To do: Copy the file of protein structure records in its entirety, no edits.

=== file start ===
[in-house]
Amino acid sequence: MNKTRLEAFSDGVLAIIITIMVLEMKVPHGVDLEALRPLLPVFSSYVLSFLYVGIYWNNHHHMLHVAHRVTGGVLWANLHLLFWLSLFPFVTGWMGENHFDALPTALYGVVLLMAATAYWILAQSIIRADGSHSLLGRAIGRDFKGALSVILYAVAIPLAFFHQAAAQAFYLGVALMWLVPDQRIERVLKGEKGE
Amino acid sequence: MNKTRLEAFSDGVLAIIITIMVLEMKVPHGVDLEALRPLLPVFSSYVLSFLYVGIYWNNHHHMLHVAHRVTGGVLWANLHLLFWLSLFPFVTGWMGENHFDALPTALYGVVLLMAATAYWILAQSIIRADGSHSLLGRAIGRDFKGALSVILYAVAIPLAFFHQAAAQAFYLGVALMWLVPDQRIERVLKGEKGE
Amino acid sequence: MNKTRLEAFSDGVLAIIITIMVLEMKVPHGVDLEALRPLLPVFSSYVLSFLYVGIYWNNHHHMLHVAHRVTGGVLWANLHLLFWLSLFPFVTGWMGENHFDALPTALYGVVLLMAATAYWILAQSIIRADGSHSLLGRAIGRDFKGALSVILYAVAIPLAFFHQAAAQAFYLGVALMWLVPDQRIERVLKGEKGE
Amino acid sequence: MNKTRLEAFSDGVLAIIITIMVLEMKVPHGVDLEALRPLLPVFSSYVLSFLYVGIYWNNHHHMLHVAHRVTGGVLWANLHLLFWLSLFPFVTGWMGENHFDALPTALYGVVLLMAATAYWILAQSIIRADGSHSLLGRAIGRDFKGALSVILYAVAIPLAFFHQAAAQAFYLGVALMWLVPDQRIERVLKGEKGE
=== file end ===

[in-house]
Amino acid sequence: MNKTRLEAFSDGVLAIIITIMVLEMKVPHGVDLEALRPLLPVFSSYVLSFLYVGIYWNNHHHMLHVAHRVTGGVLWANLHLLFWLSLFPFVTGWMGENHFDALPTALYGVVLLMAATAYWILAQSIIRADGSHSLLGRAIGRDFKGALSVILYAVAIPLAFFHQAAAQAFYLGVALMWLVPDQRIERVLKGEKGE
Amino acid sequence: MNKTRLEAFSDGVLAIIITIMVLEMKVPHGVDLEALRPLLPVFSSYVLSFLYVGIYWNNHHHMLHVAHRVTGGVLWANLHLLFWLSLFPFVTGWMGENHFDALPTALYGVVLLMAATAYWILAQSIIRADGSHSLLGRAIGRDFKGALSVILYAVAIPLAFFHQAAAQAFYLGVALMWLVPDQRIERVLKGEKGE
Amino acid sequence: MNKTRLEAFSDGVLAIIITIMVLEMKVPHGVDLEALRPLLPVFSSYVLSFLYVGIYWNNHHHMLHVAHRVTGGVLWANLHLLFWLSLFPFVTGWMGENHFDALPTALYGVVLLMAATAYWILAQSIIRADGSHSLLGRAIGRDFKGALSVILYAVAIPLAFFHQAAAQAFYLGVALMWLVPDQRIERVLKGEKGE
Amino acid sequence: MNKTRLEAFSDGVLAIIITIMVLEMKVPHGVDLEALRPLLPVFSSYVLSFLYVGIYWNNHHHMLHVAHRVTGGVLWANLHLLFWLSLFPFVTGWMGENHFDALPTALYGVVLLMAATAYWILAQSIIRADGSHSLLGRAIGRDFKGALSVILYAVAIPLAFFHQAAAQAFYLGVALMWLVPDQRIERVLKGEKGE